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Crypto is stuck between a hack and a hard place – Washington

By Ian Silvera
12 August 2021

By Ian Silvera

A double-whammy of major scrutiny came crypto’s way this week, in what was a typically topsy-turvy series of events ultimately punctuated by one of the largest heists in the industry’s history.

The summer alternative-coin boom (tokens excluding Bitcoin and Ethereum) the forums and social media hacks had prophesied near the start of the year suddenly looked like it had some legs in it when many decentralised finance (DeFi) and other projects, most notably Ethereum (which went through its ‘London hard fork’ upgrade), began to surge at the start of the week.

The rally boosted the confidence of the crypto faithful, who endured a sell-off after Tesla’s Elon Musk casted doubt over the green credentials of Bitcoin and the Chinese government began to crackdown on cryptocurrency near the start of the year.

The joy was dulled this week as news of the Poly Network hack began to emerge. Around $600m in digital coins went missing from the DeFi network, with $260m worth of tokens being returned 24 hours after that.

For an industry that prides itself on top of the range encryption, the event no doubt casts doubt in current and potential investors’ mind. It also brings unwanted attention and scrutiny from media and regulators. It couldn’t have come at worse time with lawmakers in mind, since Washington has been considering Joe Biden’s flagship $1tn infrastructure bill.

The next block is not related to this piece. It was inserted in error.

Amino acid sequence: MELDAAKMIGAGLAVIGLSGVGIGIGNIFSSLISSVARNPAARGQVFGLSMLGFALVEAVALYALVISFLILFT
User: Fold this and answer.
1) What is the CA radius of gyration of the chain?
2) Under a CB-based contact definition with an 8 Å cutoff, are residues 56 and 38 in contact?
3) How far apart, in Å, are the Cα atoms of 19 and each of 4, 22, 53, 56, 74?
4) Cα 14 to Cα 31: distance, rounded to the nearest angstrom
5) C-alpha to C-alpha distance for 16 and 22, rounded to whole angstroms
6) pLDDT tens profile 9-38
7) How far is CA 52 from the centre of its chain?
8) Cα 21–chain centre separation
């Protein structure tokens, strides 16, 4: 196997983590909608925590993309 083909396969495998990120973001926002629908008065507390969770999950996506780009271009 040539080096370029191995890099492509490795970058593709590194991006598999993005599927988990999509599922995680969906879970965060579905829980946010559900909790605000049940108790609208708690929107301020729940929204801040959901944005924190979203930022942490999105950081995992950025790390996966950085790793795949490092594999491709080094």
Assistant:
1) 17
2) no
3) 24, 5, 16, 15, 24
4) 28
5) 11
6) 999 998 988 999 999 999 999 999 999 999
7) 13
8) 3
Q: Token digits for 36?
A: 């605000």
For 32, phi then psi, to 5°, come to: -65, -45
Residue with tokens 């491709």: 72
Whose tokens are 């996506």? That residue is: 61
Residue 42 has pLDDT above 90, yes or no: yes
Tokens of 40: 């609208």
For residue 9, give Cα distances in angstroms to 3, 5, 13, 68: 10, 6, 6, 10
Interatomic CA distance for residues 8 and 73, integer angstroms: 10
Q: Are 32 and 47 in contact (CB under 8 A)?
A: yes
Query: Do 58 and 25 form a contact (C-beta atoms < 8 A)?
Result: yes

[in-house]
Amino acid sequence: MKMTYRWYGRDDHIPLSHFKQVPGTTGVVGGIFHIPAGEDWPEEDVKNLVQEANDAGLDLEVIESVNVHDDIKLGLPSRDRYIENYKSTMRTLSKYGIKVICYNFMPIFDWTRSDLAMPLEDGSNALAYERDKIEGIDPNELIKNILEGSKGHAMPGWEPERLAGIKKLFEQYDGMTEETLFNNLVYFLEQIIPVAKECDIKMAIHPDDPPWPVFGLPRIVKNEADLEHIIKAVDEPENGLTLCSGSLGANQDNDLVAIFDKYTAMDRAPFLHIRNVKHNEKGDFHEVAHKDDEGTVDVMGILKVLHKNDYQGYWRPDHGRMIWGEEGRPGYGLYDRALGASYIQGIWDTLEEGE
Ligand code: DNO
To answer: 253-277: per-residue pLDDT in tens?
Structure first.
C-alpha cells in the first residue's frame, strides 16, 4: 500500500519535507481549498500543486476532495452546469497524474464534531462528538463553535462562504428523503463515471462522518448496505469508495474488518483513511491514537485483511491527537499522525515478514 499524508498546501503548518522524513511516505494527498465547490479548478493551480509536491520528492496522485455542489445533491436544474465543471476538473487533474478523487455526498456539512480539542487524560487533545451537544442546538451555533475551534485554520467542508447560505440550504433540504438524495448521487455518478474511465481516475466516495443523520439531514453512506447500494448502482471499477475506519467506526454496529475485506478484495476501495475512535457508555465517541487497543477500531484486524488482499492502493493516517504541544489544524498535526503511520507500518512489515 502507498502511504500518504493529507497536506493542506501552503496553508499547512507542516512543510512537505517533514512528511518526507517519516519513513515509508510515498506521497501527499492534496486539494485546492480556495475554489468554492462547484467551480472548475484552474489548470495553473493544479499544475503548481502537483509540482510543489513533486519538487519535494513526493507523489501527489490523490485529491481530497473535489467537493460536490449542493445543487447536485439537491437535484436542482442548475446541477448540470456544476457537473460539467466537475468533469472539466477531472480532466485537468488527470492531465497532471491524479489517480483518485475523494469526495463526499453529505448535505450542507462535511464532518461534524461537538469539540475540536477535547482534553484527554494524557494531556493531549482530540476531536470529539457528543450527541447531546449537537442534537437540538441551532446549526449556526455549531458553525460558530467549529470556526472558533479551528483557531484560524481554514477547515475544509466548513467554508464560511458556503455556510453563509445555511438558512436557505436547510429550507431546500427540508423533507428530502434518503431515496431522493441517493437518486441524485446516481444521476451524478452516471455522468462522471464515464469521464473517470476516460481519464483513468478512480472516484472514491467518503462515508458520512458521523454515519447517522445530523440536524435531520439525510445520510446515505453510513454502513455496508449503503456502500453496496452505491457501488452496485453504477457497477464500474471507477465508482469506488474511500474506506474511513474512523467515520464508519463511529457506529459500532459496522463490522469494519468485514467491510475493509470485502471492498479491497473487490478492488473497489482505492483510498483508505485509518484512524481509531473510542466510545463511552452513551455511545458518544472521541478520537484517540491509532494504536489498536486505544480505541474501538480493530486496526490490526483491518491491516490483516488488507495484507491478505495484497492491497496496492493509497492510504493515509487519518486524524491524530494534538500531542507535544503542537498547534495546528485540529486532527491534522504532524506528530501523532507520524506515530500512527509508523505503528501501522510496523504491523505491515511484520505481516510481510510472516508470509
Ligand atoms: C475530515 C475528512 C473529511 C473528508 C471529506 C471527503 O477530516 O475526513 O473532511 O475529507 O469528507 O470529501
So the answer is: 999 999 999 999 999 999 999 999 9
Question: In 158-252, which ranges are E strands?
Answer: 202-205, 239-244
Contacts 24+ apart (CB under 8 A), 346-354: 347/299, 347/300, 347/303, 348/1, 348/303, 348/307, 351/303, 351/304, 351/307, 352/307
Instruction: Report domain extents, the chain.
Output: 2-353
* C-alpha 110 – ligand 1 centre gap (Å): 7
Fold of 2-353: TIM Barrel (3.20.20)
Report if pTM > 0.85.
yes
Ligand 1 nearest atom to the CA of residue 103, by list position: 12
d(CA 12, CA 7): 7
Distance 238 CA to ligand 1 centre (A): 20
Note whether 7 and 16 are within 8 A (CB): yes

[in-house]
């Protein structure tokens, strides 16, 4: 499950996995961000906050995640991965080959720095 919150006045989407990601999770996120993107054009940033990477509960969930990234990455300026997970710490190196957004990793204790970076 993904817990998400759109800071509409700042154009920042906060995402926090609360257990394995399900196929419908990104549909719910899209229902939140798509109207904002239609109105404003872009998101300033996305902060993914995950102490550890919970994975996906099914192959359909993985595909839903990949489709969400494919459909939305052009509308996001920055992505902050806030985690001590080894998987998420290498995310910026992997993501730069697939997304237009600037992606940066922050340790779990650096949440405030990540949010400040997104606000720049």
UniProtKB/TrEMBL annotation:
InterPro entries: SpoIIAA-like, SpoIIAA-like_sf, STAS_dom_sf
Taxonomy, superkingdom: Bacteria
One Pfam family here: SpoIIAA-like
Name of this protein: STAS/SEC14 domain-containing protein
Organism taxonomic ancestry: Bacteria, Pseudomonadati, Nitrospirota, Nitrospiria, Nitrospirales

On the face of it, the draft legislation is designed to impose stricter tax-reporting on crypto-currency brokers in a bid to raise $28bn in revenue for the US government’s Internal Revenue Service over a decade. The real fear among the industry is that the bill will be a gateway for much tougher regulation and a general crackdown on the cryptocurrency space.

These fears, away from Bitcoin indirectly helping fund bridges, roads and airports, could be well founded as SEC Chairman appointee Gary Gensler has described the crypto-currency market as “rife with fraud, scams and abuse”. His “Wild West” interpretation of the sector strikes at the core ethos of the cypherpunks, a band of computer-savvy libertarians who championed crypto in the early days.

The opportunistic capitalists who have taken crypto to the next level, meanwhile, have embraced some forms of regulation and would do well to start setting their own standards before poorly drafted laws make their businesses obsolete.  

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